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‘Trans fat intake: WHO warning to India’

  • Category
    Science & Technology
  • Published
    22nd Sep, 2020

Trans fats, or trans-fatty acids, are a form of unsaturated fat.

Context

What are trans fats?

  • Trans fats, or trans-fatty acids, are a form of unsaturated fat.
  • They come in both natural and artificial forms.
  • Natural, or ruminant, trans fats occur in the meat and dairy from ruminant animals, such as cattle, sheep, and goats. They form naturally when bacteria in these animals’ stomachs digest grass.

The Report

  • Fifteen countries, including India, account for approximately two-thirds of the worldwide deaths linked to trans-fat intake.
  • Of these, four countries -- Canada, Latvia, Slovenia, United States of America -- have implemented WHO-recommended best-practice policies since 2017, either by setting mandatory limits for industrially produced trans fats to 2% of oils and fats in all foods or banning partially hydrogenated oils (PHO).
  • But the remaining 11 countries- Azerbaijan, Bangladesh, Bhutan, Ecuador, Egypt, India, Iran, Mexico, Nepal, Pakistan, Republic of Korea, still need to take urgent action.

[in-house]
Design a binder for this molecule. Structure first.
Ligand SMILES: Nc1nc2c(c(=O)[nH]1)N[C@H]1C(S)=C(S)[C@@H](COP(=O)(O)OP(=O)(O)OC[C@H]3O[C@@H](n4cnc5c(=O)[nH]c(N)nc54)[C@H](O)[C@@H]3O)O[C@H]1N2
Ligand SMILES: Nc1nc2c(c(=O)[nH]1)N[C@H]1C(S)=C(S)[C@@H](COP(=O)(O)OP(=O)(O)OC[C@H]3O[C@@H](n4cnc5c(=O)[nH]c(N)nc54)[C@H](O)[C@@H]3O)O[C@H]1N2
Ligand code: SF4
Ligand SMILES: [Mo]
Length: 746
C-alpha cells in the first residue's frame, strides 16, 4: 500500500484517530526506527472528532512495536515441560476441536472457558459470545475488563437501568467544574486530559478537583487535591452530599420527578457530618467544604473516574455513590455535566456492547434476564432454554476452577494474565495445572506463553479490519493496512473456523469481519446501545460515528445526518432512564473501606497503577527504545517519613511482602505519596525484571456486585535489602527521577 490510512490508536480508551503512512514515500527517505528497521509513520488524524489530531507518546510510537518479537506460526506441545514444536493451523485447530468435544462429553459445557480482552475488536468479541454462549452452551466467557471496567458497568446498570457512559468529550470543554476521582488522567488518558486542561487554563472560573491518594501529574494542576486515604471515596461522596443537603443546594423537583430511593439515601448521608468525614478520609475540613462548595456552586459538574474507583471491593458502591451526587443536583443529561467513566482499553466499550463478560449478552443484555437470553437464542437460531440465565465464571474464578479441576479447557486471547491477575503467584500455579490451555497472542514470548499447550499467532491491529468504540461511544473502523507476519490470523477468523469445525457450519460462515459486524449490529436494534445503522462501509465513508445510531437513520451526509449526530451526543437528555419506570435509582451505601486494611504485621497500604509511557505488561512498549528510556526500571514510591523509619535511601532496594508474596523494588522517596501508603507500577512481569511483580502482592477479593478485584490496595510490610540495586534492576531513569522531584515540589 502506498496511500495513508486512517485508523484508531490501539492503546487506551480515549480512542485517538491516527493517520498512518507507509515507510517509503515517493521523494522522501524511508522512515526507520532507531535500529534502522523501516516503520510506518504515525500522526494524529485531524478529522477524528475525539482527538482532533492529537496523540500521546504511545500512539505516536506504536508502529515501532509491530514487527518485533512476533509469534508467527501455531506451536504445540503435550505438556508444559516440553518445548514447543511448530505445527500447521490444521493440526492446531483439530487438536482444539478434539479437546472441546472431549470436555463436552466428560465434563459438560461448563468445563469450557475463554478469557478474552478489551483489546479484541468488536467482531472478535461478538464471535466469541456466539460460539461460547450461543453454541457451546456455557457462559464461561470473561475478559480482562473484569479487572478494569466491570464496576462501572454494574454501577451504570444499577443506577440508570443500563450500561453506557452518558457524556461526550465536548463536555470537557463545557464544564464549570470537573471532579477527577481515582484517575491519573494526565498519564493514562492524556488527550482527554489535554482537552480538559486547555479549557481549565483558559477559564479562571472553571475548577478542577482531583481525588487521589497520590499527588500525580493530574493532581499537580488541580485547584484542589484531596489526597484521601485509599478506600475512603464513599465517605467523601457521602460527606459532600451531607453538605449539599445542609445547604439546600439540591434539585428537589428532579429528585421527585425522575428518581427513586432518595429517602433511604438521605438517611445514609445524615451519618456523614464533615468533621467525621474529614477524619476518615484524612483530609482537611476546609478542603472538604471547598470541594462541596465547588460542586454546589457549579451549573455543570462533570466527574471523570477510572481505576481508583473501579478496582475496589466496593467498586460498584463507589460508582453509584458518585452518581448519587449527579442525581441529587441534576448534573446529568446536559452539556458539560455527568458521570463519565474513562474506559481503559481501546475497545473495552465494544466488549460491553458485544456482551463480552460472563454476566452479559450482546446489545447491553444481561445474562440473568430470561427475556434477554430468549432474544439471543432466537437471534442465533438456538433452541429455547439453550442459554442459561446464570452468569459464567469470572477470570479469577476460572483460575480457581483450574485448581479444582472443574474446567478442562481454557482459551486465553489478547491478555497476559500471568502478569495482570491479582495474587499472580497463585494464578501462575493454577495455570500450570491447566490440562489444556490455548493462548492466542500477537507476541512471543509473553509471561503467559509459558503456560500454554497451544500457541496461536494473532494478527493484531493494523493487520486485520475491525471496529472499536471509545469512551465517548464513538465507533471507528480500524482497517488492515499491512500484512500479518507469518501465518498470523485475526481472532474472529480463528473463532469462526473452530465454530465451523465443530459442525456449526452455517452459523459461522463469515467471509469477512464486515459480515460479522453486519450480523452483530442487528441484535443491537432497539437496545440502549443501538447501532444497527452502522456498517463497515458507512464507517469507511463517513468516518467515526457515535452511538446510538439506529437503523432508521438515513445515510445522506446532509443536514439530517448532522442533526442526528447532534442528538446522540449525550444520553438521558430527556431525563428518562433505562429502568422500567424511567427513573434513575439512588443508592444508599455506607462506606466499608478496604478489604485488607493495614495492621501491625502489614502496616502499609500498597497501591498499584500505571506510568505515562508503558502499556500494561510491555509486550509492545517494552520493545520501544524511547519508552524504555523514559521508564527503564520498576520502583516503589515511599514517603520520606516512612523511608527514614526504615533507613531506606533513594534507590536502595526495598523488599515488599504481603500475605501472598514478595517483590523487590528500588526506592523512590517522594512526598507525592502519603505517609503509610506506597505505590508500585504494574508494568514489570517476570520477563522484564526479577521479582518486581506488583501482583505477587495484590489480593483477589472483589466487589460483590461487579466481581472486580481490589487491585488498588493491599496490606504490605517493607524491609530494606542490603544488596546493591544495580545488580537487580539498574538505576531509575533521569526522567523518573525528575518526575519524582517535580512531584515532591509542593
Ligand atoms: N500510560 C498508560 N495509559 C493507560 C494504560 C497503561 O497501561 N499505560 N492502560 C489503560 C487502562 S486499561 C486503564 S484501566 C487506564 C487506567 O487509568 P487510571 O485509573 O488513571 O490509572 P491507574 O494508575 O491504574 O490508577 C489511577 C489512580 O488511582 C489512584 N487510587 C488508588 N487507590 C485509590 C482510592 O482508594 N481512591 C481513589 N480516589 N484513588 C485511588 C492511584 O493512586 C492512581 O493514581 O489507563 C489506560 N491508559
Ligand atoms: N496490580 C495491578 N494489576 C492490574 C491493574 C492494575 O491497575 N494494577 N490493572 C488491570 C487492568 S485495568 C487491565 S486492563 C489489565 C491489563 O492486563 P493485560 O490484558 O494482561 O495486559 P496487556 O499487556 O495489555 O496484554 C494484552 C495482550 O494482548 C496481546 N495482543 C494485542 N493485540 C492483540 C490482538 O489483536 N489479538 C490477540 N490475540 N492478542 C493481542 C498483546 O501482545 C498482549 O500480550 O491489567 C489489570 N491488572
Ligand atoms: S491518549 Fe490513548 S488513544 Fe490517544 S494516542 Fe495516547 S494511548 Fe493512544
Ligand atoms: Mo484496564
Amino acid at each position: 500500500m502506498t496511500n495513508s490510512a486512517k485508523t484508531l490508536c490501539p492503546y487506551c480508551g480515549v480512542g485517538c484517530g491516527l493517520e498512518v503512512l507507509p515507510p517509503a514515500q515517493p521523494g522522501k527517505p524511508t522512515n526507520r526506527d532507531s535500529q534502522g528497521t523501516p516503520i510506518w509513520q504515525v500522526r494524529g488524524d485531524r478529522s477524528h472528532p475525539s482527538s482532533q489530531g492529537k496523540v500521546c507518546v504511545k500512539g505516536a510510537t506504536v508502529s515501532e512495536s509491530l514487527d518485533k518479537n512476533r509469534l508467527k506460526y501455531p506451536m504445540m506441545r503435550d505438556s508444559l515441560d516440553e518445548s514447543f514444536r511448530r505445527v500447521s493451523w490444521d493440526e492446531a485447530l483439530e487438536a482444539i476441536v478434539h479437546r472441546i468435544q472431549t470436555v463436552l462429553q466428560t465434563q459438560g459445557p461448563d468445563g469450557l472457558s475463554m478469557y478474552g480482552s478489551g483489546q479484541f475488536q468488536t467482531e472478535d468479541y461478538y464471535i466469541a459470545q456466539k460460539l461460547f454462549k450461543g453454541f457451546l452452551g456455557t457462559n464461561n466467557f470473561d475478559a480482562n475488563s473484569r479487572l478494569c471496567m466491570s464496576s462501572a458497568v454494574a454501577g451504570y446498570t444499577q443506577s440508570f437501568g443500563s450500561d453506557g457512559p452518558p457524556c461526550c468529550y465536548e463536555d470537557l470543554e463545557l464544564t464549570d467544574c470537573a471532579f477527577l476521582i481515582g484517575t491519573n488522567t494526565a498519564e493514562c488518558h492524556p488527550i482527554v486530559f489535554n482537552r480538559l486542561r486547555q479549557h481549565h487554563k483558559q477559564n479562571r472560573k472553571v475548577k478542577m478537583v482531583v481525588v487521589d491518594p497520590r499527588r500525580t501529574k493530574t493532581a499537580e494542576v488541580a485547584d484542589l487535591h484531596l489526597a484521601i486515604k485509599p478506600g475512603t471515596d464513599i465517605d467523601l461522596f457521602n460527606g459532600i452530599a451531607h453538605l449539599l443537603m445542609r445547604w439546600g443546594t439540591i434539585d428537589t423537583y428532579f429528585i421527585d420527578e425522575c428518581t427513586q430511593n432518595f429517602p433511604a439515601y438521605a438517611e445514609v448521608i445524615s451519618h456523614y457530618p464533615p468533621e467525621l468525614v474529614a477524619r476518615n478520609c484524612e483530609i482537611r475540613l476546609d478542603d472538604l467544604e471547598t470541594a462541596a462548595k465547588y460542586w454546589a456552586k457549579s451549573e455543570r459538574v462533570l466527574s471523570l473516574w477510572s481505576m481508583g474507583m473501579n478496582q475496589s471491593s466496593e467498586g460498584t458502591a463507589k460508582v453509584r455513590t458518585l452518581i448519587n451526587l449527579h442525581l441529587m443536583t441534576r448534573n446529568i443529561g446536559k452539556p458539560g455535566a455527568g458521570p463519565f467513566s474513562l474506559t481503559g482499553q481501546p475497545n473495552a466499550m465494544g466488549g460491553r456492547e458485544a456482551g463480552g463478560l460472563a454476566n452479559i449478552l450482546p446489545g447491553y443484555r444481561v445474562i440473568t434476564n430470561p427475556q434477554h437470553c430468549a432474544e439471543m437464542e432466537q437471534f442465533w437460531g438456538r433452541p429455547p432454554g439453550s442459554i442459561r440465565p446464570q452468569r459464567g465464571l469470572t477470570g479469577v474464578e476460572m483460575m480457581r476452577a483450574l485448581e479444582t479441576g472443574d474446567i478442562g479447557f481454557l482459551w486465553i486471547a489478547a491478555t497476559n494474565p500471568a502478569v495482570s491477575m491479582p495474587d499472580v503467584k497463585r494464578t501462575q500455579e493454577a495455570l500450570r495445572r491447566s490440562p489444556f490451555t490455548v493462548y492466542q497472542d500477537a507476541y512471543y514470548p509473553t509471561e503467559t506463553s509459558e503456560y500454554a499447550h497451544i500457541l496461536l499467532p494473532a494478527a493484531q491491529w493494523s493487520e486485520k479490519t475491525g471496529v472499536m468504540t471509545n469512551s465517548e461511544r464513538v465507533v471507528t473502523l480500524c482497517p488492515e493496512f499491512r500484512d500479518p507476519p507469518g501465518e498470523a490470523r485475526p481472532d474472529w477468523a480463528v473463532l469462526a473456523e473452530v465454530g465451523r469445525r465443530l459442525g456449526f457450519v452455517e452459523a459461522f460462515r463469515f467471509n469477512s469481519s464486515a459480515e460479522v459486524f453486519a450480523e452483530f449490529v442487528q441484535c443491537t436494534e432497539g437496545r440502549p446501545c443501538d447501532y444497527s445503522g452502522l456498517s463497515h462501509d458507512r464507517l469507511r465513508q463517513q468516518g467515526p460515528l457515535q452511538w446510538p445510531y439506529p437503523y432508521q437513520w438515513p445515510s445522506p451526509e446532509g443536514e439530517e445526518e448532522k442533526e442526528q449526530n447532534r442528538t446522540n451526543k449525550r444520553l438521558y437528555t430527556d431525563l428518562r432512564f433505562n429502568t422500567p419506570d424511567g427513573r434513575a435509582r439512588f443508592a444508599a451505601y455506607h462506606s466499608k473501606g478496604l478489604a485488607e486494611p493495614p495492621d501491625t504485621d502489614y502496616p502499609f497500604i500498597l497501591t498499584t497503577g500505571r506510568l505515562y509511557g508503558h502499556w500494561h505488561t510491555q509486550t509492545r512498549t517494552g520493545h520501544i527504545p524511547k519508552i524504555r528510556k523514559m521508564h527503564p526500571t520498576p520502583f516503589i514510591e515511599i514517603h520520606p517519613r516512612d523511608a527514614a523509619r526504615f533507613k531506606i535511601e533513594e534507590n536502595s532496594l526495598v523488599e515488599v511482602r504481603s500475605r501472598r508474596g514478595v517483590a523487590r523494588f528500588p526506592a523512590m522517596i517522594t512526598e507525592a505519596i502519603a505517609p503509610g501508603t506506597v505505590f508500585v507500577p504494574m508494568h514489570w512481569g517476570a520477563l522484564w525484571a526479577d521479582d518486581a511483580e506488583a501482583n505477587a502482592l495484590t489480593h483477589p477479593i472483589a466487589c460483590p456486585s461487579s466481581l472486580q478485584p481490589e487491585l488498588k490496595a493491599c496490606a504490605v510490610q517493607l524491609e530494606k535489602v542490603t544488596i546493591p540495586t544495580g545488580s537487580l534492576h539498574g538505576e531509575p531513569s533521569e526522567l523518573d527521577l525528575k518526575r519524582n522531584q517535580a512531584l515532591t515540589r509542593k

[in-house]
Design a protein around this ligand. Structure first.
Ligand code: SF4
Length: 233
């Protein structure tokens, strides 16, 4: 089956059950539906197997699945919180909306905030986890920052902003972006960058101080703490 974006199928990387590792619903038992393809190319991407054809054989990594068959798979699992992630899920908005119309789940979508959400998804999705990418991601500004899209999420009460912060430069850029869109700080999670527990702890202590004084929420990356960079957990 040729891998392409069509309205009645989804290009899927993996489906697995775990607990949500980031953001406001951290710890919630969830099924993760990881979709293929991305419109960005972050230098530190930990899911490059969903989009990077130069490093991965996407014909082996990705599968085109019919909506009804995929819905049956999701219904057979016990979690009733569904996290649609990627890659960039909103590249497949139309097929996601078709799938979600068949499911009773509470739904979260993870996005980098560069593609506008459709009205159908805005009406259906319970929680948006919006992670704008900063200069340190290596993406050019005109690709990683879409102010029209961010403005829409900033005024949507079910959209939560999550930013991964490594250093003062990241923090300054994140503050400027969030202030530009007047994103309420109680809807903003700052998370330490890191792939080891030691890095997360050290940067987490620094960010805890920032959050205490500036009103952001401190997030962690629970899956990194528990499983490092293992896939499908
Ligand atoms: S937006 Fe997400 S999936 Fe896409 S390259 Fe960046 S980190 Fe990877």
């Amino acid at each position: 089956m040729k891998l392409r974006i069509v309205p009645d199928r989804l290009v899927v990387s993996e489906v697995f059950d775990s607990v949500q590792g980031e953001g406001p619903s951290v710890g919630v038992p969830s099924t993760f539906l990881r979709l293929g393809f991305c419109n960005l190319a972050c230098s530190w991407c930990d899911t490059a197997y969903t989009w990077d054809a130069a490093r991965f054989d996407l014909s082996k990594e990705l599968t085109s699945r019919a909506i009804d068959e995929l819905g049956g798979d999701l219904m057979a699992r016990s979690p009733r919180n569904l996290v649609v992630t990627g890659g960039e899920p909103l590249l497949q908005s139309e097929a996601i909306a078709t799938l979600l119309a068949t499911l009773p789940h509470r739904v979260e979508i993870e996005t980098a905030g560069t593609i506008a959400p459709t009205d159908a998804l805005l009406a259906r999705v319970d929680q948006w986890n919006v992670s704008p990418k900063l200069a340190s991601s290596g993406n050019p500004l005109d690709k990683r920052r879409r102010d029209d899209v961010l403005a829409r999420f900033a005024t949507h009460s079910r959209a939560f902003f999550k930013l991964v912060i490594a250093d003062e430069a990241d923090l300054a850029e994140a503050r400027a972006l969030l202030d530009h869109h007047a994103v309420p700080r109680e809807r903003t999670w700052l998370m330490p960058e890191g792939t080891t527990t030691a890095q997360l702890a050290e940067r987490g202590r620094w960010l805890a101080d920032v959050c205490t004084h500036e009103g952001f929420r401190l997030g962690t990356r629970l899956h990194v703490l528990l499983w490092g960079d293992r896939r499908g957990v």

WHO Recommendations:

  • WHO recommends that trans fat intake be limited to less than 1% of total energy intake, which translates to less than 2.2 g/day with a 2,000-calorie diet.
  • To achieve a world free of industrially produced trans fats by 2023, WHO recommends that countries:
    • develop and implement best-practice policies to set mandatory limits for industrially produced trans fats to 2% of oils and fats in all foods or to ban partially hydrogenated oils (PHO);
    • invest in monitoring mechanisms, e.g. lab capacity to measure and monitor trans fats in foods; and
    • advocate for regional or sub-regional regulations to expand the benefits of trans fat policies.
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